Deputy Director McBeth addressed the Chair and said that the staff has been working with the City attorney’s office on this for a while but given the fact that changes were made in the last day or so, the staff has not had a chance to summarize the amendment or go through the most recent version in detail. Staff could take a closer look and better summarize the changes at a future meeting. It is complicated and there are a number of aspects that are involved related to State law as City Attorney Dovre said. If the Planning Commission chooses, staff would be happy to provide some more information and put that together.
City Attorney Dovre stated that just briefly as he indicated in his letter, the ordinance amendments are not mandated by the State law. The law is self-executing and as long as the City honors and follows the State law, that is fine. The amendment is intended to provide text that corresponds with the new law to make it clear for the applicants and the staff. It does not have to be rushed to City Council.
Member Lynch said he would like to have more time to review this. In particular, he would like to make sure he understands the implications of the revised height standards. One tall tower is better than six or seven smaller ones.
Chair Pehrson asked if the amendment was creating a situation that Member Lynch just referred too where there are several smaller towers throughout the City.
City Attorney Dovre said that is a policy and a very good policy observation.
Chair Pehrson said it would be important to consider what has been approved in the past or recommended for approval by the City staff or the Planning Commission and see how it would have been reviewed or interpreted under the new ordinance. It is also important to ensure that any new towers would be open to multiple carriers for colocation instead of having a new tower for each carrier. Under the new ordinance, the City would be asking tower companies to justify the needed height. But the City would not have a way to confirm their justification since the City would not undertake a study of wireless networks to determine what is needed.
Member Lynch said he wanted to make sure there were provisions that allow for multiple carriers on one tower and would like more time for the staff to review these things as well as the Planning Commission and he would like to revisit this at a later date.
Motion made by Member Lynch and seconded by Member Anthony:
ROLL CALL VOTE ON MOTION TO POSTPONE CONSIDERATION TO THE CITY COUNCIL OF TEXT AMENDMENT 18.265 MADE BY MEMBER LYNCH AND SECONDED BY MEMBER ANTHONY:
Motion to postpone consideration to the City Council of Text Amendment 18.265 – In order to modify the standards for communication antennas. Motion carried 4-0.
Member Lynch noted Chair Pehrson stated the City would not undertake studies to determine what tower height or location was needed and wondered if the City could actually undertake something like that through a consultant.
MATTERS FOR CONSIDERATION
1. SET PUBLIC HEARING FOR CITY COUNCIL INITIATED REZONING 18.703 ‘THE BOSCO PROPERTY REZONING’ FOR NOVEMBER 14, 2012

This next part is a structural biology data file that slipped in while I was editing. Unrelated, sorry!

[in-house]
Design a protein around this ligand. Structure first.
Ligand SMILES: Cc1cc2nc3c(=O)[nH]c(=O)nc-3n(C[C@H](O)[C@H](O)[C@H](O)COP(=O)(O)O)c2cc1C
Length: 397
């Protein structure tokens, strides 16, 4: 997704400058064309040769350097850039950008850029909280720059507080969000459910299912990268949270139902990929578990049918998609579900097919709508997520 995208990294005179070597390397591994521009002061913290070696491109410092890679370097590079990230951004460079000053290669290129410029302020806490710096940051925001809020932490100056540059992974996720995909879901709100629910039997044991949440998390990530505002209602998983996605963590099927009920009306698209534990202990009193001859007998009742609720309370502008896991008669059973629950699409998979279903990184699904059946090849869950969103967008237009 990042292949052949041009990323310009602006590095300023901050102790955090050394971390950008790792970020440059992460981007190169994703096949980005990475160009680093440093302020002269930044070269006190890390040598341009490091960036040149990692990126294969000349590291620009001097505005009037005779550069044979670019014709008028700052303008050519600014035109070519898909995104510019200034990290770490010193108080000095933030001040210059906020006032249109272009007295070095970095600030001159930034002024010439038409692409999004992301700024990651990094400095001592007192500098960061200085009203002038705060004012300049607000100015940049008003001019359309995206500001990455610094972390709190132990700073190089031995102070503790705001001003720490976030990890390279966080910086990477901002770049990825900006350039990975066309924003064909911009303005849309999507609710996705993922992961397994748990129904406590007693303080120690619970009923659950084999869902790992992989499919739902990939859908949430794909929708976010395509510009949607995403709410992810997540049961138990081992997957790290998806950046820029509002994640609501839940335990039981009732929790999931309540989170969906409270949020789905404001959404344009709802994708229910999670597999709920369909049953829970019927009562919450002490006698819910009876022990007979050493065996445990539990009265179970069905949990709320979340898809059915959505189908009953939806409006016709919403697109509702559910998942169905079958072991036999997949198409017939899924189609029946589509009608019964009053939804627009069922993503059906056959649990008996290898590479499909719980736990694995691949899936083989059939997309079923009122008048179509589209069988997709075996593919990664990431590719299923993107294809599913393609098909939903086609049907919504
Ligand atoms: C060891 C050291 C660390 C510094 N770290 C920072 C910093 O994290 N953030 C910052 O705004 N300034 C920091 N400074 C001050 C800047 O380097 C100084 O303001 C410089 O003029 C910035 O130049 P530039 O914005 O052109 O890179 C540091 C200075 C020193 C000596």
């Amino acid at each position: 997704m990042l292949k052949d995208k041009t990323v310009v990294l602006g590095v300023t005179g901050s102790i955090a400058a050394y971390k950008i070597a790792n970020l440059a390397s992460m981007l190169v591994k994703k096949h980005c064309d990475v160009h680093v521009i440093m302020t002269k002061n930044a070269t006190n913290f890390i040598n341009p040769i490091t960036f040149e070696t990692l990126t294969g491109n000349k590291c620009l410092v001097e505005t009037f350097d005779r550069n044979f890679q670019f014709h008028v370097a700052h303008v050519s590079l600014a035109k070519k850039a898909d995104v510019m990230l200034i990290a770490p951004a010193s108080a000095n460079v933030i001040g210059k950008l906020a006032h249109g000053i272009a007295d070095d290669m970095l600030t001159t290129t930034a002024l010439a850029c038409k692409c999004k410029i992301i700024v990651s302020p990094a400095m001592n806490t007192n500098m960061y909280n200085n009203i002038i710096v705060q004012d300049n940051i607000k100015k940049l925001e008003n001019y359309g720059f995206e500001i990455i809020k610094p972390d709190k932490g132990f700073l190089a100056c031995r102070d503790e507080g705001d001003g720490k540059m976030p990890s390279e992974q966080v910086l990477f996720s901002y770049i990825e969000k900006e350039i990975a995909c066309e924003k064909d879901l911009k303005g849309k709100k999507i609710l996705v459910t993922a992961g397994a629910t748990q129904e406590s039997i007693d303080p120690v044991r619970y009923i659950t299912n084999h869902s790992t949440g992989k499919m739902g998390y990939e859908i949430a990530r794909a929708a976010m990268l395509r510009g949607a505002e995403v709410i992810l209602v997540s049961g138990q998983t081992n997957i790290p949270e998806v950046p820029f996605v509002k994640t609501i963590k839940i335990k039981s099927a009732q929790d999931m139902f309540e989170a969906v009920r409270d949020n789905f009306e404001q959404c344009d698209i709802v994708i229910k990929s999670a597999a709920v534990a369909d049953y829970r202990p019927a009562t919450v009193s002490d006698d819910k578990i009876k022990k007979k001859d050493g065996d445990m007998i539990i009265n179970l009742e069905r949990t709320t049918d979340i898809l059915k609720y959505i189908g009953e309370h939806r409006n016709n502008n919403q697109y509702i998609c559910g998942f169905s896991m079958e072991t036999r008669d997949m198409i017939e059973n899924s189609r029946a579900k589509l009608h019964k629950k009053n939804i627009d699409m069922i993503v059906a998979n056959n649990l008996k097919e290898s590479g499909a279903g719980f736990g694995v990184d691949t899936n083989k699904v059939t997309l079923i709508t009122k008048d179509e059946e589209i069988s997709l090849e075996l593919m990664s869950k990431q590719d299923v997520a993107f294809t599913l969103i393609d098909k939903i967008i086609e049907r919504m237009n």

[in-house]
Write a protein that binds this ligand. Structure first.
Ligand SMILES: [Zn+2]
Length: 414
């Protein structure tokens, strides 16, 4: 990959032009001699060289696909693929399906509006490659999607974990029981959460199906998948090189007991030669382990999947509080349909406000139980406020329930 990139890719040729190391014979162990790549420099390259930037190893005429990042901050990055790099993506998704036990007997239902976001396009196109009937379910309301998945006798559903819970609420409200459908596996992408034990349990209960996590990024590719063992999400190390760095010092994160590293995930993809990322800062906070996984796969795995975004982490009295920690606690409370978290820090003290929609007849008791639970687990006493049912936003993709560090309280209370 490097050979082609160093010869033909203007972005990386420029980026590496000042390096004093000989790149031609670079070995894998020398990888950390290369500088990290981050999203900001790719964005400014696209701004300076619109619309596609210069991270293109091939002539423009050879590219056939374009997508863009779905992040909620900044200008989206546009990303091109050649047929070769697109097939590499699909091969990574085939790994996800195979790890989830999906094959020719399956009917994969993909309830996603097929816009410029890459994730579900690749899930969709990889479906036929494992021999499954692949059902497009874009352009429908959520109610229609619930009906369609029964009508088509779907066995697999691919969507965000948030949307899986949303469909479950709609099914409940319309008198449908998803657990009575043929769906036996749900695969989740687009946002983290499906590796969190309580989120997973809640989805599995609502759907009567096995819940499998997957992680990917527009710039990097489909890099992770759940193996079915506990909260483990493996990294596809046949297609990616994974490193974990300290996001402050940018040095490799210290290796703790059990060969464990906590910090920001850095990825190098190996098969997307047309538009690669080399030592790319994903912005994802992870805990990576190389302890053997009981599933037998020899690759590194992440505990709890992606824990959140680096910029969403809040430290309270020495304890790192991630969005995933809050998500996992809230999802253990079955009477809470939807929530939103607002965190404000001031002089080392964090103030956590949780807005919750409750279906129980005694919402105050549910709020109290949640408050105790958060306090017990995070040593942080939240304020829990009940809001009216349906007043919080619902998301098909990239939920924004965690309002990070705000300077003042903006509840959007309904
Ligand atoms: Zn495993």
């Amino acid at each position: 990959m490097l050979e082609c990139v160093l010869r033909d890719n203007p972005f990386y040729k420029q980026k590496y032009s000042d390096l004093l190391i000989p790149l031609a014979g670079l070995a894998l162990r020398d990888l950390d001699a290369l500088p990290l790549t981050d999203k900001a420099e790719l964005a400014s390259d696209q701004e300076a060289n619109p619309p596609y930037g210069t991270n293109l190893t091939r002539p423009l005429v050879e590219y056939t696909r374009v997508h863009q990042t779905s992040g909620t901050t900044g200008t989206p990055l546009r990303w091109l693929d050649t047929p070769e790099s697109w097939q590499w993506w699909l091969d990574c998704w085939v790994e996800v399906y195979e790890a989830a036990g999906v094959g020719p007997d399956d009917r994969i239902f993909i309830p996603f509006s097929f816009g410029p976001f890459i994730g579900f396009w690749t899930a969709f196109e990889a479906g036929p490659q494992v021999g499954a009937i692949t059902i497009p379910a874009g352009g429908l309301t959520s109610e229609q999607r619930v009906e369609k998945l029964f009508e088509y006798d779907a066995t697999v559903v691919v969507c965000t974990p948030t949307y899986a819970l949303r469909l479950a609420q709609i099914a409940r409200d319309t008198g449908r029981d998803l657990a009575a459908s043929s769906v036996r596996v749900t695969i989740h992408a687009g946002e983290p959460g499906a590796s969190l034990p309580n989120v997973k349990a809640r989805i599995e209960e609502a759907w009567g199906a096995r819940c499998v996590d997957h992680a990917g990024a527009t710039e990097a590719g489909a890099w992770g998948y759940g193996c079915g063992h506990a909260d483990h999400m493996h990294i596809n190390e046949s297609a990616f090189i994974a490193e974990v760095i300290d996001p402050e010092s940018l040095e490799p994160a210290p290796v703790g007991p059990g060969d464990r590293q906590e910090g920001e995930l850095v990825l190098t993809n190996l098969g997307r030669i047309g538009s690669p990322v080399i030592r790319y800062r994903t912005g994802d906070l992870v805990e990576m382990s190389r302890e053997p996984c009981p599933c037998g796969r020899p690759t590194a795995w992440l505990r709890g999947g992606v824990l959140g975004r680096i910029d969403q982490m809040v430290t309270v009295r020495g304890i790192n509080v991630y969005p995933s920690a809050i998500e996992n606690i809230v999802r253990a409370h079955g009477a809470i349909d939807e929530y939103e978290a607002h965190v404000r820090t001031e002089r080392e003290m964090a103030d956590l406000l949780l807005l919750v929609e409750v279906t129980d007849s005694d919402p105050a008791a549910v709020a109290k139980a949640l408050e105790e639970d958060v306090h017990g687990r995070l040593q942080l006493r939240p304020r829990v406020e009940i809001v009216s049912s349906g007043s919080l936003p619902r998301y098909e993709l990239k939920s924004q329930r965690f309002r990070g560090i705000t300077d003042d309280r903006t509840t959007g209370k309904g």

Set the public hearing for Planning Commission’s recommendation to the City Council to rezone the property located at 25805 Beck Road at the southwest corner of the intersection of Beck Road and Eleven Mile Road from RA, Residential Acreage to PLSR, Planned Suburban Low-Rise. The subject property is approximately 7.4 acres. This matter was referred to the Planning Commission for consideration by the City Council.
Planner Kapelanski said that the City Council approved a Resolution at their September 24, 2012 meeting for the Planning Commission to consider a potential rezoning of the Bosco Family property. This is at the southwest corner of Eleven Mile Road and Beck Road. The proposal would overlay the PSLR (Planned Suburban Low Rise District) over the existing RA, Residential Acreage zoning. The property is generally surrounded by RA zoning except for the area on the north side of Eleven Mile Road, which has already been overlaid with the PSLR District. That district allows for additional uses including low-density multiple family and office uses, but requires developments to be residential in character in order to act as an transition area between single-family uses and higher density uses. The Future Land Use Map indicates Suburban Low Rise Uses for both the subject property and the properties north of Eleven Mile Road. Educational uses are planned for the property to the south and west of the subject property and single-family uses are planned to the east.
The Bosco family property was previously considered for rezoning as part of the larger block of properties already rezoned to the PSLR District. The Bosco family property was ultimately removed from the rezoning because of concerns regarding the extension of the new district south of Eleven Mile Road. Since the rezoning, staff has noted significant interest in the PSLR District and given the recommendation of the Master Plan for the property, reconsideration of the proposed rezoning seems appropriate. The Planning Commission is asked to set the Public Hearing for November 14, 2012.
Member Lynch asked if this property was already included in the Master Plan as a suburban low-rise property.
Planner Kapelanski said this is already included in the Master Plan and it’s shown in the Master Plan as planned for Suburban Low Rise uses. About a year to a year and a half ago the administration took through a rezoning to overlay this new district over most of the properties that it was planned for in the Master Plan. The Bosco family property was originally included in that rezoning but it was eventually removed. The remaining Suburban Low-Rise properties identified in the new Master Plan have already been rezoned to allow for this new district and rezoning the Bosco family property would be in compliance with what is shown in the Master Plan.